Researchers at CBD Science will look at a ‘more holistic data set’ than the simple pain scores used in traditional clinical trials when putting together its final submissions. The goal is to provide a more thorough assessment of the use of cannabis-based analgesics.

“We’ll not only measure safety and efficacy, which is a must, but also look at other areas that are important to people,” explains McFarlane.

“We’ll be using a host of tools such as patient self-reporting, clinician reporting, as well as other tools to take into account wider wellbeing outcome.

“As well as this we’ll delve into the health economics of these medicines, assessing in economic terms the true value of these natural medicines.”

The alternative, which is randomised controlled trials (RCTs), are not designed to take in the wider datasets needed to understand and review a medicine’s performance in the real-world setting, McFarlane points out.

“We’ve seen it many times before, just because it [a drug] performs well in a clinical trial setting doesn’t mean it’ll perform well in the real world.”

CBD Science expects to start its trials in the second quarter of next year having secured a robust supply chain that will meet the requirements of these studies.

“They are going to be large-scale studies of between 100-200 patients initially, expanding to multiple centres in the UK and Europe. This is what’s needed for an effective real-world strategy,” says McFarlane.

The company hopes to release early outcome publications throughout the study.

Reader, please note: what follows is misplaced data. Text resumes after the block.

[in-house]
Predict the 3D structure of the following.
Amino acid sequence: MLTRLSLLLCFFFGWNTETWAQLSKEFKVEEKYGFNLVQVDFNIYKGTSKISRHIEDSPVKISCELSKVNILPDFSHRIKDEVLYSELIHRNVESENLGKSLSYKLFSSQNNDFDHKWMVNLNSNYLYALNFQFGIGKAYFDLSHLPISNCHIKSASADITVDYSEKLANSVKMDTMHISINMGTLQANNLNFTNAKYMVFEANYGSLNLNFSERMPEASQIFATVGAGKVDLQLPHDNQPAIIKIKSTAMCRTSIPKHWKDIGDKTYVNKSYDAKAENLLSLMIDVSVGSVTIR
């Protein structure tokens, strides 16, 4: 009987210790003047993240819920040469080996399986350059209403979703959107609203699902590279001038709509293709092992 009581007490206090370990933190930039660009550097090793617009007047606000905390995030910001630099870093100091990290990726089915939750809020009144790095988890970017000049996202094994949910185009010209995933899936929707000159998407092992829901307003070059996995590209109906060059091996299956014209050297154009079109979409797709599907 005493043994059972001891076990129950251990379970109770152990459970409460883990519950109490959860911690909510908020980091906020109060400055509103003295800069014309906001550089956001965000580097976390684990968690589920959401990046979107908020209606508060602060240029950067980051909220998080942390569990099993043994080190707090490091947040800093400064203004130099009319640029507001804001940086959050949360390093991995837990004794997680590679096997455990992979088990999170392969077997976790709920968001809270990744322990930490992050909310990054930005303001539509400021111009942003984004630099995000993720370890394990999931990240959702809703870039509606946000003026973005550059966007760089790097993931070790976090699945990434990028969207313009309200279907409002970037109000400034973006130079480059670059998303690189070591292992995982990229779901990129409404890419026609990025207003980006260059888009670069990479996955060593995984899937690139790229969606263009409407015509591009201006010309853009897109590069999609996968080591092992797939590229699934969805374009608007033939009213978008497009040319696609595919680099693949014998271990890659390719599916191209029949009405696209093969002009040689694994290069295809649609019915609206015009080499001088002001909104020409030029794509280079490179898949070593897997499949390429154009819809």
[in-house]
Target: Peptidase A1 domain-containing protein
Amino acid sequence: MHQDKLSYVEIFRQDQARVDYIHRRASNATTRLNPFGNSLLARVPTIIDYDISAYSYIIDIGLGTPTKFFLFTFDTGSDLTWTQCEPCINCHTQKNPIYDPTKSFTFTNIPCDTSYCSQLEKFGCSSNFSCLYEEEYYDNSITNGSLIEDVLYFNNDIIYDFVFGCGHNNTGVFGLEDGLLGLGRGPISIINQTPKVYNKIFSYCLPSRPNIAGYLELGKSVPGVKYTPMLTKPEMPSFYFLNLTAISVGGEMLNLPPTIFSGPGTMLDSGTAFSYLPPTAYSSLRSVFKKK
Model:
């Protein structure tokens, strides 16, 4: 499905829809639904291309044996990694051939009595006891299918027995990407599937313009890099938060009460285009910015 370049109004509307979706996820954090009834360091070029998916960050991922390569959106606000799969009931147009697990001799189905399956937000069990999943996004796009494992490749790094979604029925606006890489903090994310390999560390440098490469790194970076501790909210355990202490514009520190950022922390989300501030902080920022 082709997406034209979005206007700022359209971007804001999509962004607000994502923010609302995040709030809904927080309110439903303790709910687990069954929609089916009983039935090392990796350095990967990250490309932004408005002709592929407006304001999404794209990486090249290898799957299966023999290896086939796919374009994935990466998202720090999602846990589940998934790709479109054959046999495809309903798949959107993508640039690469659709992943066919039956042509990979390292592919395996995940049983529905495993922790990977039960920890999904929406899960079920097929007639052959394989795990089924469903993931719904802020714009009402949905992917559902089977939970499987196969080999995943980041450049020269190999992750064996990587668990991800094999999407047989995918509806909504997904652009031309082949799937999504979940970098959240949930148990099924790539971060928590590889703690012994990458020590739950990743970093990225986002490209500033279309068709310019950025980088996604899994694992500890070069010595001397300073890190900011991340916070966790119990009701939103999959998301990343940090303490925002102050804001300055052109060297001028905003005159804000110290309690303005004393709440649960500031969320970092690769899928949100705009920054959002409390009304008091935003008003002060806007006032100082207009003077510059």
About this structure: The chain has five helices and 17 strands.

This approach of continually updating on its work will provide “a great tool to educate clinicians and to continue improve access for the millions of people suffering”, the CBD Science chief operating office (COO) says.

It is likely they will have enough real-world evidence to submit to the UK regulatory bodies in the second quarter of 2023.

Crowdfunding underway 

Currently, CBD Science is crowdfunding to finance early trials and is aiming to raise £2mln.

Longer-term, it is likely to turn to the stock market for the capital required to expand and develop the business.

Lending their support to the company (and by extension providing third-party validation of its strategy) is a clinical advisory board that wouldn’t look out of place at a large-cap pharma company.

Top-notch advisors

It includes Professor Mike Bewick, former deputy medical director of NHS England, and Professor Sam Ahmedzai, the National Institute for Health Research’s lead for cancer. Also on board are leading experts in palliative care, pharmacology and anaesthetics.

“Ours is a unique strategy,” says Dr Michael Raymont, the chief executive of CBD Science. “And it is informed by a team of experts who want the best for patients and have an understanding of the regulatory framework.”

“Others are producing-high grade pharmaceutical [cannabis] products and hoping for regulatory change across the board.

“It is not going to happen until bodies such as NICE see the data. We are going to provide that data for our cannabinoid medicines for patients struggling with cancer pain.”